Ch11: No sister taxa have a pmx dorsal to the naris. Rescored as ‘hourglass’. Shansisuchus and Garjainia narrows toward naris.
      Chs14, 15: agreed, no score
      Ch20: Score remains 3-90º
      Ch22: All erythros scored lateral except Erythrosuchus: dorsolateral.
      Ch24: Luperosuchus narrower
      Ch35: Orbit stays larger. If smaller other erythros have a smaller orbit, too.
      Ch41: Suture not straight in Luperosuchus, Shansisuchus, Garjainia, Erythrosuchus. Note the oval depression in all of these.
      Ch48: agreed, no score
      Ch53: As you note: scores changed for Prestosuchus and Saurosuchus
      Ch59: agreed, no score. Was working from earlier restorations.
      Ch69: agreed for both taxa
      Ch74: agreed, no score

      Ran PAUP: No topology change. Force-moving Luperosuchus to Prestosuchus adds 19 steps. Note the extreme narrowness for such a tall skull, a trait found otherwise only among erythrosuchids.

      • I am practically certain that you are mistaken about the 19 steps. Experimenting in TNT, I found that it did take 19 steps to move Luperosuchus to Prestosuchus before any revisions. However, after your revisions to Luperosuchus and other taxa, as outlined above, it takes only 5 steps. Moving Luperosuchus one node crownward of Prestosuchus only takes 3 steps. This position seems to be the most optimal one among the “rauisuchians”. TNT and PAUP don’t count steps differently, and it would be an odd coincidence that the step difference found by you after revisions and myself before revisions would be identical.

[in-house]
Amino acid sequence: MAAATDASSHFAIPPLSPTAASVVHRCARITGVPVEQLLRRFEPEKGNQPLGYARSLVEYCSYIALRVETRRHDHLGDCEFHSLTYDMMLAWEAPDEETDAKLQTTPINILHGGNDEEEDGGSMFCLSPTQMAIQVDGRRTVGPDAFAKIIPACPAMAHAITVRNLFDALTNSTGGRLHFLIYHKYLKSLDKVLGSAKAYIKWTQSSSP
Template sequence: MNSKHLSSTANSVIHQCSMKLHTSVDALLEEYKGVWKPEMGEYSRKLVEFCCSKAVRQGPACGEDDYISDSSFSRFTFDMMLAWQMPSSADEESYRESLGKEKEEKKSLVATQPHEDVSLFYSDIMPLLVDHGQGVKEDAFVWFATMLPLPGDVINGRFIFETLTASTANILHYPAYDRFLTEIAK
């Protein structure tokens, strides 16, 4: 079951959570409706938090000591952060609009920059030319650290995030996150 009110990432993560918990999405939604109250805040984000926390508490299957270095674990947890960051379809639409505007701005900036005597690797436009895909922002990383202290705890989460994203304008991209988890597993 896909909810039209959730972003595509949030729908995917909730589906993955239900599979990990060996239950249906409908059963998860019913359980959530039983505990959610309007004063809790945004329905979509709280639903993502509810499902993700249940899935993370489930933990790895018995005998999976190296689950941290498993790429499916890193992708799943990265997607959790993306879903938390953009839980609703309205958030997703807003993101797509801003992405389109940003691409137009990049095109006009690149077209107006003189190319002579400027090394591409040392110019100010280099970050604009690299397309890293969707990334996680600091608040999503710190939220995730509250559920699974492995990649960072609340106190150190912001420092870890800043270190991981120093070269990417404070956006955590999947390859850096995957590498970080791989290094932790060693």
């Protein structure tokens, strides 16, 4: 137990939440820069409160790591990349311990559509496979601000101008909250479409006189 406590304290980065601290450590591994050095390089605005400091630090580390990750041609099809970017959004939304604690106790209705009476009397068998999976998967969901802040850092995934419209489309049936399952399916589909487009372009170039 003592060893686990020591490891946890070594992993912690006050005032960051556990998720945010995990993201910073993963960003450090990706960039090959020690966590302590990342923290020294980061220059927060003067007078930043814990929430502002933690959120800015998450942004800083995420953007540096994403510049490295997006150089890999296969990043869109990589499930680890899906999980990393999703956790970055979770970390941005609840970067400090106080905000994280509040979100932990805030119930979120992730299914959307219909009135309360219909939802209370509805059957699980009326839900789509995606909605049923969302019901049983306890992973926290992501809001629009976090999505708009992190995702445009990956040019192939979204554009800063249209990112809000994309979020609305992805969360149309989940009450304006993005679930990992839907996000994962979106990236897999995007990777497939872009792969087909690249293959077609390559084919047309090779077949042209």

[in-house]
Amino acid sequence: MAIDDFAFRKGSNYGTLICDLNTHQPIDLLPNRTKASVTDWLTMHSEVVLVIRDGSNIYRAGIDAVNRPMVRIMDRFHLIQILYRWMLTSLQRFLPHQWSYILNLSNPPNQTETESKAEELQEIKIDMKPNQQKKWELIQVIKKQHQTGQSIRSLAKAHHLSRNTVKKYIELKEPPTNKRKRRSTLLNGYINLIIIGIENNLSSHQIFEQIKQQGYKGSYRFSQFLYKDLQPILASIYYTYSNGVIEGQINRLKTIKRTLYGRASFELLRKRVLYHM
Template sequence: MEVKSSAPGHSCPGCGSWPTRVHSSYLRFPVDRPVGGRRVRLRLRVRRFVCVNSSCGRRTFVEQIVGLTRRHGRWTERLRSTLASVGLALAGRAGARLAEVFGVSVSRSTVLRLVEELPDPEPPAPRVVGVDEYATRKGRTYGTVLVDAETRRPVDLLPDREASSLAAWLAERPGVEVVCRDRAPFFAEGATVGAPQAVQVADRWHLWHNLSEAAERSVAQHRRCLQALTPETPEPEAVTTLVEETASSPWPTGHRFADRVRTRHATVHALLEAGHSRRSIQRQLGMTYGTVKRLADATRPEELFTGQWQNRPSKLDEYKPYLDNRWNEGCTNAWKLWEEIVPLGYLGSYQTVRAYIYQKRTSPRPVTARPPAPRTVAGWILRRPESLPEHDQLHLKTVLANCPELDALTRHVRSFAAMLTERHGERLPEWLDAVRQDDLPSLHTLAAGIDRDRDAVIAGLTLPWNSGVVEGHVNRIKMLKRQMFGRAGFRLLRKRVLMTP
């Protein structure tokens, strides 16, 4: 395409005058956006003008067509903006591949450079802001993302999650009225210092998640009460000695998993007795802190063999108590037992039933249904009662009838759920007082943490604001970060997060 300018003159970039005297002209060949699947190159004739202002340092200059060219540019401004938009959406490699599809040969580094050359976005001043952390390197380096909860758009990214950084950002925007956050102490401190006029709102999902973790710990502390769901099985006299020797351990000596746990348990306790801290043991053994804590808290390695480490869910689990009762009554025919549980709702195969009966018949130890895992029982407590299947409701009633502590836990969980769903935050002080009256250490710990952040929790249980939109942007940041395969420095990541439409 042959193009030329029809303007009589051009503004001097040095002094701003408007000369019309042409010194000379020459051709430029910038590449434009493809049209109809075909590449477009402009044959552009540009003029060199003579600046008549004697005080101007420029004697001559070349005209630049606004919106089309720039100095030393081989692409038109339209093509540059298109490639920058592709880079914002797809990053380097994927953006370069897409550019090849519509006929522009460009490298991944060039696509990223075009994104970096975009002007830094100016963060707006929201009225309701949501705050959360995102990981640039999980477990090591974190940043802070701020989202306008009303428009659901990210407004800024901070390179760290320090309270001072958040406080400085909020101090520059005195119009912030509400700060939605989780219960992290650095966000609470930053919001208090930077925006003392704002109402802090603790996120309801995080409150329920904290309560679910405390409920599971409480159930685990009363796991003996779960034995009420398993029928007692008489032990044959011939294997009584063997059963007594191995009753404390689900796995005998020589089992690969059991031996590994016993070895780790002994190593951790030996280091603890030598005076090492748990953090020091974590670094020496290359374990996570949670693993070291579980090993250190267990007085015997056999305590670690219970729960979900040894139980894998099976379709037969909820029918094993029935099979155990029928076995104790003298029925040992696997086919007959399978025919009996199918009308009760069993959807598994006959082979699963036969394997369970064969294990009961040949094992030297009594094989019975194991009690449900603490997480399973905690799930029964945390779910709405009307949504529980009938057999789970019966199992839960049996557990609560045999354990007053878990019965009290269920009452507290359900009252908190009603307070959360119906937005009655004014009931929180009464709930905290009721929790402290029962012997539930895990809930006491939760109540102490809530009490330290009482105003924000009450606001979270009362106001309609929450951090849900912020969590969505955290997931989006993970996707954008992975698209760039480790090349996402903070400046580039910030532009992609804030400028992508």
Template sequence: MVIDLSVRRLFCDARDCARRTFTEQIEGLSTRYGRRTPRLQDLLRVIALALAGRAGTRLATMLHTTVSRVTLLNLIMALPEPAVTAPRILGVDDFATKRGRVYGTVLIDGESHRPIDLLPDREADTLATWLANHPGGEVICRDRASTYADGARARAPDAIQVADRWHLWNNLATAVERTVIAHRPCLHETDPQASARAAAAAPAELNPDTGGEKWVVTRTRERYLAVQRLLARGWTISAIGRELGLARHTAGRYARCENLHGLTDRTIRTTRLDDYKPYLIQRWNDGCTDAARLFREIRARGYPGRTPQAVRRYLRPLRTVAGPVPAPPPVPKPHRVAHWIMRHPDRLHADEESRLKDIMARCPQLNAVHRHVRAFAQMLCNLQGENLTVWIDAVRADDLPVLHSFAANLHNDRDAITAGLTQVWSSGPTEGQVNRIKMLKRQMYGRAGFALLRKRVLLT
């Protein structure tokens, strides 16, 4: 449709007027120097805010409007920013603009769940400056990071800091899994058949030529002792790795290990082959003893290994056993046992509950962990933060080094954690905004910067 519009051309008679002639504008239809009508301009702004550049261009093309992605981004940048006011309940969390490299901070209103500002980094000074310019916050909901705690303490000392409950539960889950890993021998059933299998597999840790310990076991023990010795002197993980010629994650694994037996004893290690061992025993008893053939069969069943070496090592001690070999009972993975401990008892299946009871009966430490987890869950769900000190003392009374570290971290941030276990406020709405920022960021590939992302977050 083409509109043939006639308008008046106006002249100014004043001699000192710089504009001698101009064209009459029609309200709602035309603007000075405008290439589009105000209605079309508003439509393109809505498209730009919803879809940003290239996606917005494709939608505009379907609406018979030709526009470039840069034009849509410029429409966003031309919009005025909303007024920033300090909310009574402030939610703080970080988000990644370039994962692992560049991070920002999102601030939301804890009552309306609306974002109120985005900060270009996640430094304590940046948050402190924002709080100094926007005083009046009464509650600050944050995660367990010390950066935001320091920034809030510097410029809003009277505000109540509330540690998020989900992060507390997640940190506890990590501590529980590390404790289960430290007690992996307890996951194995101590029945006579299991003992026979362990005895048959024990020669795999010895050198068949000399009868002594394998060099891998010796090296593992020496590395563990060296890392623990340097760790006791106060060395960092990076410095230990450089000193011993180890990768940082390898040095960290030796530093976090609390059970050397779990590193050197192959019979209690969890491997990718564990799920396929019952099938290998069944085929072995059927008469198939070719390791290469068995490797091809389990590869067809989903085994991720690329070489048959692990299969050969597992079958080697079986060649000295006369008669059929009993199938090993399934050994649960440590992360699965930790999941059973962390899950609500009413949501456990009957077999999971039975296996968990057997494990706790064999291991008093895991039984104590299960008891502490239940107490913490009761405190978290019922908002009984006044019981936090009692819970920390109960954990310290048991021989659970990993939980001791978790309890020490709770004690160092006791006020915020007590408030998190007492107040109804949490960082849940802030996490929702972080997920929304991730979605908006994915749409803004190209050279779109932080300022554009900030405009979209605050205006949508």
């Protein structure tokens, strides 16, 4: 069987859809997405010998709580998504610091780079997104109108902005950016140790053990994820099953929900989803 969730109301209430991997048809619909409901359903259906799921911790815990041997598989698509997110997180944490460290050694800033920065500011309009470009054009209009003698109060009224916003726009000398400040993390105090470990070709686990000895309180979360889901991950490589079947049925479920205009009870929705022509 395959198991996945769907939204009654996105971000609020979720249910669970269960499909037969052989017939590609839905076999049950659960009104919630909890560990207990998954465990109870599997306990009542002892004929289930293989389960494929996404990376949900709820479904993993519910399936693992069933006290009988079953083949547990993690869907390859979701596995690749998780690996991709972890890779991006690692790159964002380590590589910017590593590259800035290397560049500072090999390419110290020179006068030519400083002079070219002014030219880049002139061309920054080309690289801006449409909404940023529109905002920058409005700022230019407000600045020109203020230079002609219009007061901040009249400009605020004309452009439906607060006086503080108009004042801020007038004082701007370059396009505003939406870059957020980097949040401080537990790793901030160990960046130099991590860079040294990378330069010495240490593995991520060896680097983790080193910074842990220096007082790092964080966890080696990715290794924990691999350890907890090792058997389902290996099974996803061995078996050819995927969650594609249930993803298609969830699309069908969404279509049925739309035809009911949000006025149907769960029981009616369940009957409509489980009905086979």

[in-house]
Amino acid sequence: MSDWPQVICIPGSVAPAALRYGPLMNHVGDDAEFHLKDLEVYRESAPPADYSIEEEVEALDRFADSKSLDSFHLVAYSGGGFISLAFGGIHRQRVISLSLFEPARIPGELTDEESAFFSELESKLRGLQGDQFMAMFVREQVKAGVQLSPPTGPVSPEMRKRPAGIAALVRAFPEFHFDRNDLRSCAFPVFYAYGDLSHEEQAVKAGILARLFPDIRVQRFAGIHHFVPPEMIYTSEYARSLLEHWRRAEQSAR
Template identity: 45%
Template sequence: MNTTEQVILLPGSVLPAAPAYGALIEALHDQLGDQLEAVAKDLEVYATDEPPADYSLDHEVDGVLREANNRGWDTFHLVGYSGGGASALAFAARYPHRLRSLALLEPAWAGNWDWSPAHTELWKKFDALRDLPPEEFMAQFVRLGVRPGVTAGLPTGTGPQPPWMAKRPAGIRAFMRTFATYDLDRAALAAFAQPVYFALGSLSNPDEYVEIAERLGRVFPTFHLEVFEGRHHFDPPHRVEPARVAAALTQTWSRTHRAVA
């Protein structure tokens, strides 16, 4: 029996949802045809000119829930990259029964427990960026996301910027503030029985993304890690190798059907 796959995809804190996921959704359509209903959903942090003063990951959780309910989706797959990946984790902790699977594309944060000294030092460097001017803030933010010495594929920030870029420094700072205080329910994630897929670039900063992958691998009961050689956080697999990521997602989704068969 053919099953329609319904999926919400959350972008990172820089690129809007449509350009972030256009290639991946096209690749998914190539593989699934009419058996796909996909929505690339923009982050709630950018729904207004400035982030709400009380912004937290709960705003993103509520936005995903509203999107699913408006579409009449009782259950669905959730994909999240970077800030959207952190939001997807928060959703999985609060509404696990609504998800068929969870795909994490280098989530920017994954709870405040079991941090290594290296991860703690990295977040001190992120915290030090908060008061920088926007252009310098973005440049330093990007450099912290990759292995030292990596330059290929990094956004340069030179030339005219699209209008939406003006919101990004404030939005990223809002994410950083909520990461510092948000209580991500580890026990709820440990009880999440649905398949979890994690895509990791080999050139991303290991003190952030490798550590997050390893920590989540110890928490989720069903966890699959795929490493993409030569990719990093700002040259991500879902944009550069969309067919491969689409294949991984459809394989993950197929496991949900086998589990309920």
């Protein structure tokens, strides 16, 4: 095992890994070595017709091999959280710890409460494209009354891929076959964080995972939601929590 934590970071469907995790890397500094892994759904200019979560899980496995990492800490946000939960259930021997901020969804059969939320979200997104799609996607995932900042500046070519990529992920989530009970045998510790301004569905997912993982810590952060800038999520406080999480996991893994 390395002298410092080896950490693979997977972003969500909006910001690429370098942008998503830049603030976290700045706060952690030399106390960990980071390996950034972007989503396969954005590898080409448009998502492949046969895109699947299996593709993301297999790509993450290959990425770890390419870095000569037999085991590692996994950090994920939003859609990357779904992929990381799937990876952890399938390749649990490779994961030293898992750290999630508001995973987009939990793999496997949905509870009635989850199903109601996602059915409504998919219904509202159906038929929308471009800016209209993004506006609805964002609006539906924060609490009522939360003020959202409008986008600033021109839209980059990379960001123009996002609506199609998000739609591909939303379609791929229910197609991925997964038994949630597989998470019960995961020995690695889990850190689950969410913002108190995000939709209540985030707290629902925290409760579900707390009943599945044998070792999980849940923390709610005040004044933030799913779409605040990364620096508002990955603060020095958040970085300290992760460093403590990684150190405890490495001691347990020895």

Going by all of my listed revisions to Luperosuchus (and your revisions to other taxa), it moves to this position crownward of Prestosuchus and takes 4 steps to move back to Shansisuchus. So the devil is in the details regarding the five primary differences between our revisions. Let’s discuss those.

        For character 4, I’ll give you the benefit of the doubt since I wasn’t sure how much of the parietal needed to be preserved to assess this character. So this character is neutral.

        For character 11, I mistakenly said that Luperosuchus should be scored as 2 (narrows over naris) rather than 7 (narrows towards naris, as in Pres/Saur). That being said, scoring Luperosuchus as 9 (hourglass) would be a neutral local autapomorphy anyways. I personally think it should be 7 since the dorsal process of the premaxilla (i.e. the portion medial to the naris) is not preserved well enough to clarify whether there is truly a “premaxilla dorsal to the naris”, at least compared to “rauisuchians”. I also don’t support your decision to score Shansisuchus and Garjainia as 7, since both have a straight nasal (Figure 3b in Wu et al. 2013 for the former and figures 3, 6, and 7 in Ezcurra et al. 2018 for the latter). So I lean towards this being a pro-“rauisuchian” character.

        For character 20, it is unclear how you score the tilt of an incomplete naris. The naris may look like it is angled without the front portion to clarify whether there is a more substantial horizontal component. Plus, the premaxilla has shifted a little relative to the maxilla, moving it back down reduces the slope. Finally, both Postosuchus (Weinbaum, 2011) and smaller specimens of Prestosuchus (like UFRGS-PV-0629-T described by Mastrantonia et al, 2019) have a similar slope. Perhaps you should score Prestosuchus as polymorphic. If you do, then this character is neutral.